But instead of turning to violence, the community decided to retaliate in a very different way. Tired of living in an environment of constant violence, the clan decided to come together, strengthen their communities, resolve their differences and take the company on in a more diplomatic way. They worked with Silas Kpanan’Ayoung Siakor and his Golman Prize winning organisation ‘Sustainable Development Institute’ (SDI Liberia), a man who had fought the likes of Charles Taylor, intervening in his illegal timber trade to fund the civil war. A lone voice, now powerful, had arrived to face the increased land grabs and ecocide. Together with Friends of the Earth, the campaign against the company grew, and with their new international exposure they reached out to the current President, Ellen Sirleaf. With mounting pressure, the President invited senior members of the Clan to government and held talks on the future of the community's land. After hours of discussion, Ellen decided that the company had no rights to the land and, then and there, promised the Clan that they could return and remain on the land.
We travelled to the village in Grand Bassa along remote dirt roads. Occasionally huge trucks loaded with timbers being cut from prime forest, would speed past us in the opposite direction, creating dust clouds that would force us to stop until it cleared. When finally we arrived, the clan were in the middle of celebrations.
Members from different communities arrived throughout the day, local gin was drunk and drums and singing filled the air. I had never before experienced such real joy, such elation and happiness amongst a community. For the whole day the party continued, with men, women and children arriving and then returning to their village and their normal way of life.
On the last day we had been filming by the river, where the company had planned to build a factory. As we began our return to the village, word came to us that there was an American woman in the village, “She wants to buy our land” one of the young men said. We rushed back to find two large shinny SUV's parked outside the Chief, Chio's house. In the village meeting room was a young woman, no more than mid 20's, sunglasses on her head and clip board in her hand. "Who are you?" I asked as I shook her hand, “I'm Sarah from the World Bank”, she said. Around her were others, Liberians, well-dresses and with matching clipboards. One from UNDP, one from the government department for home affairs (the department that had interests in the company) and, I was told, an independent organisation called 'Platform for Dialog and Peace'. Within days of the president giving the Clan their land back, the World Bank had activated a group to try and reverse the decision made just days before.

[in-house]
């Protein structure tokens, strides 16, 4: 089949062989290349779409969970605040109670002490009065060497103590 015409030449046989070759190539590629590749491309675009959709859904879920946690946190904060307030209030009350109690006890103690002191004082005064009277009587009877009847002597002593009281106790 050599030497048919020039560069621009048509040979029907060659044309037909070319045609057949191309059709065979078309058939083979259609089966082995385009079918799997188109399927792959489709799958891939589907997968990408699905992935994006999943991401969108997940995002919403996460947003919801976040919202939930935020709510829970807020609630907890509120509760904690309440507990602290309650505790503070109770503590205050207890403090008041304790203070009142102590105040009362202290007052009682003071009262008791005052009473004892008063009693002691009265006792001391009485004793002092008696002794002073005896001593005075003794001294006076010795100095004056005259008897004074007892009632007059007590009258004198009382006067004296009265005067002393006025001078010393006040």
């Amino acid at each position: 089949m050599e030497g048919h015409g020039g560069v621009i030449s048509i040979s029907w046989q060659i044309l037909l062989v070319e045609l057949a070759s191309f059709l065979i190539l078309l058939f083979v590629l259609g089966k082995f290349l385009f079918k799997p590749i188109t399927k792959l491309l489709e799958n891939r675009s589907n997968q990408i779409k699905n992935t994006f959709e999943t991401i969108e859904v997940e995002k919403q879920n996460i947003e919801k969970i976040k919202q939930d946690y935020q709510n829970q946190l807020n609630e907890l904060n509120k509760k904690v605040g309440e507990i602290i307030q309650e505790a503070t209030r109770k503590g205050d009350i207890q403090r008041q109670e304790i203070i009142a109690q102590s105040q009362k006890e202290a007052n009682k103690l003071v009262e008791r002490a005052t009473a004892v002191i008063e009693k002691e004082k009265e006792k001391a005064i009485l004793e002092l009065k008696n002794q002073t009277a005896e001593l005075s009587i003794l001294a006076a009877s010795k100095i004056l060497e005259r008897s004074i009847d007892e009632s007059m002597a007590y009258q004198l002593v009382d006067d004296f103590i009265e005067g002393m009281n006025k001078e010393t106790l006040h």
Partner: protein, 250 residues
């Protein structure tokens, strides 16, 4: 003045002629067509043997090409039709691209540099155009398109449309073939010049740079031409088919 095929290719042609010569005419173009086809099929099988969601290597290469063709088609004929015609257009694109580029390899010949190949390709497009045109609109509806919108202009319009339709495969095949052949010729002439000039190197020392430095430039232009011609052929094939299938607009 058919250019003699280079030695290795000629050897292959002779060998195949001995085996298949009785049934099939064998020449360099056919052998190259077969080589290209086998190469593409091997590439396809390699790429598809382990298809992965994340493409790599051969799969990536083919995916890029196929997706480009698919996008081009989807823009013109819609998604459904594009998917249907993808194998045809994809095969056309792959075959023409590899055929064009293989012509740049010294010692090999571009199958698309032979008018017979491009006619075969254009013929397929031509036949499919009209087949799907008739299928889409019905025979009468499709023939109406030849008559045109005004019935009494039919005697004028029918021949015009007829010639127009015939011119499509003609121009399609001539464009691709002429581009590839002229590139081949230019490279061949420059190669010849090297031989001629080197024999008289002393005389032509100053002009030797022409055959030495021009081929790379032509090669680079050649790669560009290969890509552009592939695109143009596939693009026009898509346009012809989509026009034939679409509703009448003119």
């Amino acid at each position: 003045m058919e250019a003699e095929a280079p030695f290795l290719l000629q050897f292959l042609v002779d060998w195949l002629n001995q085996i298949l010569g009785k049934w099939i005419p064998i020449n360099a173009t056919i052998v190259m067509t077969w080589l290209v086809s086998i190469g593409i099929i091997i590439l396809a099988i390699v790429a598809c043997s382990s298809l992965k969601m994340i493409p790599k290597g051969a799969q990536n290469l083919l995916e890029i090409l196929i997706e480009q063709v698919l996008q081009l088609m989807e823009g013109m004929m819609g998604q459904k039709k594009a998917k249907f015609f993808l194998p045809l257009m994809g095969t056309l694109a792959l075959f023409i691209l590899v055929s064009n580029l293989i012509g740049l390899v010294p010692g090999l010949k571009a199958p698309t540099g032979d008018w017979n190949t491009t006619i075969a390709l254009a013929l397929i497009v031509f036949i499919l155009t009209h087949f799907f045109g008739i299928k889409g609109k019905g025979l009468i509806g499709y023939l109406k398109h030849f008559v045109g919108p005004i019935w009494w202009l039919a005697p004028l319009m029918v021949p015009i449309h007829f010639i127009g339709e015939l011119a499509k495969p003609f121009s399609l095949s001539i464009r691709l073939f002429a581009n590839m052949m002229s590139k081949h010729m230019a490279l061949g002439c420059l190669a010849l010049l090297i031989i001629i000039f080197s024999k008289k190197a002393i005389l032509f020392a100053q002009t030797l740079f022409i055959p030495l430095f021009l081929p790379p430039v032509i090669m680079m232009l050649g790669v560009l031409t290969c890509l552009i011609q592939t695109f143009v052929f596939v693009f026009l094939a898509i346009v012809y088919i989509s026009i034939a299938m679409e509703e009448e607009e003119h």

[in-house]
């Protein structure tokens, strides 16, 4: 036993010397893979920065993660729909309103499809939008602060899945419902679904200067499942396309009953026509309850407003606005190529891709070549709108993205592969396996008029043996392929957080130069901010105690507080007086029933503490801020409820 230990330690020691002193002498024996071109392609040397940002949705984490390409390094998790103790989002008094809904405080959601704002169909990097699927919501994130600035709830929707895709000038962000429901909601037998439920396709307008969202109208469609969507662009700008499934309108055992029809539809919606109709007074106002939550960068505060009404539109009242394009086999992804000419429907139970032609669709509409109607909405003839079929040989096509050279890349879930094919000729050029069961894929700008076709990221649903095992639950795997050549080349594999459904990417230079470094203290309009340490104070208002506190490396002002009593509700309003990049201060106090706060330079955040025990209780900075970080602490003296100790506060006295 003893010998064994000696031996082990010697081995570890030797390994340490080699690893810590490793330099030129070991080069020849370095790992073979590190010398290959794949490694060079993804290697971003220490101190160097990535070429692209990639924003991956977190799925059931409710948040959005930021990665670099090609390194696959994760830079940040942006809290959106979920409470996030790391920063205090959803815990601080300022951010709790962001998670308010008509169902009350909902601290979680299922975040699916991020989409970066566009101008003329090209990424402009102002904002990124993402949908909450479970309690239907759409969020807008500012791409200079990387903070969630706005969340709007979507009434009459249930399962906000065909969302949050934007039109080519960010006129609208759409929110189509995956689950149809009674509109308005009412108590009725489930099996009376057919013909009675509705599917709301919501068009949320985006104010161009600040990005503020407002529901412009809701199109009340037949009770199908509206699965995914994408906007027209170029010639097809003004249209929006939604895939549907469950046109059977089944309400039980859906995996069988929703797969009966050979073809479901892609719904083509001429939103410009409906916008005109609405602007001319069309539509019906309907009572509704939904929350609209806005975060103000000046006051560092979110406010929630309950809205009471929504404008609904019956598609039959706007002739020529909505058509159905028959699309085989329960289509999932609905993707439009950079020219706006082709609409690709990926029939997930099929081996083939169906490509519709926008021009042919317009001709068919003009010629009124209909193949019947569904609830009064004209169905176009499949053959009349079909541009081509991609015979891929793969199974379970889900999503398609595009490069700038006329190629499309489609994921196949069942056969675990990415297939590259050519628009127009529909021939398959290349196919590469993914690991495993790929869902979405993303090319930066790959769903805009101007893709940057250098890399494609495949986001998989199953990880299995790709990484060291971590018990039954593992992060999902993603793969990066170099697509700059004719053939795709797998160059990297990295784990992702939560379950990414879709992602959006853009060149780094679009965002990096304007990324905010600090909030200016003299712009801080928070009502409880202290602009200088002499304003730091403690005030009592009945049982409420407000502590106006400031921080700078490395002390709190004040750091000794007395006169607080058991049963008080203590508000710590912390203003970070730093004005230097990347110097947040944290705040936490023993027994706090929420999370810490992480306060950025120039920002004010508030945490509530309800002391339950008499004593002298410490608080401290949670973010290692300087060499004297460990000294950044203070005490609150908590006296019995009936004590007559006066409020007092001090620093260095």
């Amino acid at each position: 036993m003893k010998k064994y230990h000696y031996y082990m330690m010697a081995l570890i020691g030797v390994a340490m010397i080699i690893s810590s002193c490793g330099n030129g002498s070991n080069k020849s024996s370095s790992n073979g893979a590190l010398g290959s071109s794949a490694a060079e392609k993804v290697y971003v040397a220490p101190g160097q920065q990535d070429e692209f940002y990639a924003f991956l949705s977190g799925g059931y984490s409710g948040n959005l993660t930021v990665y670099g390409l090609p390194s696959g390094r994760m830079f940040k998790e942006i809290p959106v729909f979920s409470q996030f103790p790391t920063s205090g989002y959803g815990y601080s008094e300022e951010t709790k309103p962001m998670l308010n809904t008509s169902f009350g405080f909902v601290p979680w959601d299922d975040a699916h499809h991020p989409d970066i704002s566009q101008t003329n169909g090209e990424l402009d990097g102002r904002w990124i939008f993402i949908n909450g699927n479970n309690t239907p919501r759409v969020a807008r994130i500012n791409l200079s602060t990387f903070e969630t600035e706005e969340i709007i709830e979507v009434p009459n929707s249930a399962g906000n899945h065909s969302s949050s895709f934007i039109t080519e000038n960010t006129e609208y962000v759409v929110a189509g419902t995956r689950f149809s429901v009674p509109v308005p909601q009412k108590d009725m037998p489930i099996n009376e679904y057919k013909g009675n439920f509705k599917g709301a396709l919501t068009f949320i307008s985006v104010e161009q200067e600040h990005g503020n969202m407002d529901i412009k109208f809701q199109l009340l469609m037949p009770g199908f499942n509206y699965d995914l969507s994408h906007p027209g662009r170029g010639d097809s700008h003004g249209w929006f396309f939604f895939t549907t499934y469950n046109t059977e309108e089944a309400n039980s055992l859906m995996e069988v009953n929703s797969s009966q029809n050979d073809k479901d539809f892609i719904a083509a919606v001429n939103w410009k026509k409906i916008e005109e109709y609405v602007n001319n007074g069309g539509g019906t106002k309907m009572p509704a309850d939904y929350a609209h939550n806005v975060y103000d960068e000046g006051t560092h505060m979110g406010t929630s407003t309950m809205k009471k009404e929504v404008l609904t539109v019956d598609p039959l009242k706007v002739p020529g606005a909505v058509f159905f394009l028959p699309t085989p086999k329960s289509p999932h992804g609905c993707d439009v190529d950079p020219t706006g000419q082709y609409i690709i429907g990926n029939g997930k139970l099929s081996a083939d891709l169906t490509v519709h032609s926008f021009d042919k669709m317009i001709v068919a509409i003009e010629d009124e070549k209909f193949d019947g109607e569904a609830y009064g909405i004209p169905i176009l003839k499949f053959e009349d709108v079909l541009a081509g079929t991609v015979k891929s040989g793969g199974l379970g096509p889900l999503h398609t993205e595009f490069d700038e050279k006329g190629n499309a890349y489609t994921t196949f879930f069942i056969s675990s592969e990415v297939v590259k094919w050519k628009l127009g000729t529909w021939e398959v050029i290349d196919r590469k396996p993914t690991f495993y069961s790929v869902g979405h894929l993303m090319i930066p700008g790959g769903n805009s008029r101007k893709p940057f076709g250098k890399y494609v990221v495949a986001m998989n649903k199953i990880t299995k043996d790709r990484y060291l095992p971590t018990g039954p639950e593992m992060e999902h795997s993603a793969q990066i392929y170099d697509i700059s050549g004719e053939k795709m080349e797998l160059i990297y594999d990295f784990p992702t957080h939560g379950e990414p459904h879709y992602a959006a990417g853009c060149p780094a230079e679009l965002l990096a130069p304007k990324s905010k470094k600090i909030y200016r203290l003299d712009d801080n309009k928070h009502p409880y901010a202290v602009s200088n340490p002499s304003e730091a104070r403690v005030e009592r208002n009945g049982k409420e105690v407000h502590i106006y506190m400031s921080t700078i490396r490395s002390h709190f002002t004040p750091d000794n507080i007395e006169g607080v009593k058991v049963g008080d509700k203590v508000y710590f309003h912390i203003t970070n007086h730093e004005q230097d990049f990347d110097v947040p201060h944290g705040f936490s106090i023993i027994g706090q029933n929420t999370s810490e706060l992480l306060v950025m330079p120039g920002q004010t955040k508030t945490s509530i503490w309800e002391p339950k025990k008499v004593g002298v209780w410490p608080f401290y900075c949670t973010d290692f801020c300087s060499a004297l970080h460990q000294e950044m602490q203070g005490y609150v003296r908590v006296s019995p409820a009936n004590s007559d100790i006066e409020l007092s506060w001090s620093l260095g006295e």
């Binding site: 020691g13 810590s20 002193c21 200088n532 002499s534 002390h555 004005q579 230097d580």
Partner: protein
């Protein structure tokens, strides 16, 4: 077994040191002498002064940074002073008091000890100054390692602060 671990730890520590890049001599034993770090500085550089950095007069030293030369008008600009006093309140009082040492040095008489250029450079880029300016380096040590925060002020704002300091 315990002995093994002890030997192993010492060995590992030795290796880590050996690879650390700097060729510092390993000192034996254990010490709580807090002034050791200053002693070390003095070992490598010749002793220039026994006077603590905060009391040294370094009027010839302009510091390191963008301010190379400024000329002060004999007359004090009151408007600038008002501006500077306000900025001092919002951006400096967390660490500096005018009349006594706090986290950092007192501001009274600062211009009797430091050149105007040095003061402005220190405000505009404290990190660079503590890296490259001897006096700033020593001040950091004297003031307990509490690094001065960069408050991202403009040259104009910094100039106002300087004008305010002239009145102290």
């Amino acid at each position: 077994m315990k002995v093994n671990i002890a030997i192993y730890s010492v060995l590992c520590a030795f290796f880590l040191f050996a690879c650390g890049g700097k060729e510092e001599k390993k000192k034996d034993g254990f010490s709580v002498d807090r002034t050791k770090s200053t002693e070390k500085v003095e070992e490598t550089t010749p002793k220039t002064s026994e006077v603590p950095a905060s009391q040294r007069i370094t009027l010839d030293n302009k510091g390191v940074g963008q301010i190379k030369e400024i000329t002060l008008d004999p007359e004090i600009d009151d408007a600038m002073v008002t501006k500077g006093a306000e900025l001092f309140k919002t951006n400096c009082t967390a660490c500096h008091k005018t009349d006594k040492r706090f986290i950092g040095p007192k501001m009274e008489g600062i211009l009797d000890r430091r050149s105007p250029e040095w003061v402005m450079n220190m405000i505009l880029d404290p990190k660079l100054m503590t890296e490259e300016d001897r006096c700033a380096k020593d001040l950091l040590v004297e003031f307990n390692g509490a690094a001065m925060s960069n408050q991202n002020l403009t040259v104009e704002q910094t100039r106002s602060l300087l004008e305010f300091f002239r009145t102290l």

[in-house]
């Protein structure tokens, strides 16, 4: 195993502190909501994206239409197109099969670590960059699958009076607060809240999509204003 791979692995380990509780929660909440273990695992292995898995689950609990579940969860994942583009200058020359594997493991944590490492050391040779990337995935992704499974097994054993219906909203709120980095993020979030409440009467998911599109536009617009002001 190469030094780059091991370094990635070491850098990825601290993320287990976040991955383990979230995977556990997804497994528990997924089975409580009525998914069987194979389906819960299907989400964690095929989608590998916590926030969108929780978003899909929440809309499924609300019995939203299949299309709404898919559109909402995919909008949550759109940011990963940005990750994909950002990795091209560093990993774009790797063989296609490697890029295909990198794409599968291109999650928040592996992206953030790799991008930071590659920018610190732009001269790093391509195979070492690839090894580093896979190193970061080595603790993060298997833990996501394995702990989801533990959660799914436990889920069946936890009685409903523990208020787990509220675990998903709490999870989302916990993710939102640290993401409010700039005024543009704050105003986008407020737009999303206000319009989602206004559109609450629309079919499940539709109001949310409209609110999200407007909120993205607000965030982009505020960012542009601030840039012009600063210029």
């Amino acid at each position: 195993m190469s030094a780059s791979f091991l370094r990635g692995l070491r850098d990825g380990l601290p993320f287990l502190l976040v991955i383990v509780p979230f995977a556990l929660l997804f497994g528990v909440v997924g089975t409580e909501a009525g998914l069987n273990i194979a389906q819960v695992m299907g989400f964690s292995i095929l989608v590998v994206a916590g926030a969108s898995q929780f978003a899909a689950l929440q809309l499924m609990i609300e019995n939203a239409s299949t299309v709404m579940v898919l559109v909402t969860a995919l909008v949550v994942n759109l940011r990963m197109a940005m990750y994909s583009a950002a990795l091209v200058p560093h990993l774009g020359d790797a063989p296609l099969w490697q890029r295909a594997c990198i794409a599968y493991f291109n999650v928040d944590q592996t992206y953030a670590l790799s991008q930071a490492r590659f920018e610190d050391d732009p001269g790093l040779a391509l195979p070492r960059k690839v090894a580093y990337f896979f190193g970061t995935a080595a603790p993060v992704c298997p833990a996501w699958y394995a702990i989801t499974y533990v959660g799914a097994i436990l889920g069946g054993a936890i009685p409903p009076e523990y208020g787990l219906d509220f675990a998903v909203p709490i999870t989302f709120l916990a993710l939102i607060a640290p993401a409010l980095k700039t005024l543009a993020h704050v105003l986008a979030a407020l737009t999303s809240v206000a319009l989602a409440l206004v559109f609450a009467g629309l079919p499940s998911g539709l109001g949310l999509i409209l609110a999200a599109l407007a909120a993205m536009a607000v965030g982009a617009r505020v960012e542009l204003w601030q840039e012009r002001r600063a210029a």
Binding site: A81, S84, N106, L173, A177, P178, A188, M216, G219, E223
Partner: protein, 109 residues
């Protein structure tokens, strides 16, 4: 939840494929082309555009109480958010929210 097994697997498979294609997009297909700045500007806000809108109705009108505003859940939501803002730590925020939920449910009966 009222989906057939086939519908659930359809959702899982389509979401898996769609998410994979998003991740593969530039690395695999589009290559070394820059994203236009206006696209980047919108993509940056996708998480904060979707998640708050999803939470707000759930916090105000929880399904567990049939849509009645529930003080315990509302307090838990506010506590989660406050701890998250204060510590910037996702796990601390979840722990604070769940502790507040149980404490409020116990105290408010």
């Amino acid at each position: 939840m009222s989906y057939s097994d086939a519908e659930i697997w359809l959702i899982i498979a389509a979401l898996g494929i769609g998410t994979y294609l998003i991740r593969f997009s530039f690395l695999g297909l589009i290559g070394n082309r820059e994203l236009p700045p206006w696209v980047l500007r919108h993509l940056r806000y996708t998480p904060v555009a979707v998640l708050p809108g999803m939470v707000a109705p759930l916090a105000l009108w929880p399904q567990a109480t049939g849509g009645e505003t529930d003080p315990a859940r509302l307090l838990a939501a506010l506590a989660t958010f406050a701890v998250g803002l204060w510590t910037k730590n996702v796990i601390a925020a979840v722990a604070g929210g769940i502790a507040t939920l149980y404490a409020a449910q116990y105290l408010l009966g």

They asked the chief to separate the village elders, men and women and the young: the early stages of rule and divide. They wanted to find out why the villagers did not want to give up their land and see if there was any way they could come to a new agreement where all parties would be happy. The Chief, resplendent in his ceremonial dress sat at the head table and listened to the request of the party. I had to leave as emotions and the World Bank do not work well for me. As I left, I heard Chio address the group, and from the Liberian English being screamed, knew that I had little to worry about. Chio had seen and heard enough of the strategies and techniques used by the so-called development communities. He asked them to leave and, to the relief of all, they headed back to their diplomatic compounds.
I also headed back as I had to edit three short films, two for the community and one for our campaign. Within 10 days the editing was finished, I returned to India and continued working on the project. Last week we were told that the company, EPO has decided to go ahead with the clearing and ignore the President. Once again the Clan finds itself with an uncertain future. I visited the World Banks website to see if there was anything mentioned. All I found of interest was their rather perplexing mission statement on a picture of a healthy, happy African man stating; "End extreme poverty within a generation and boost shared prosperity"!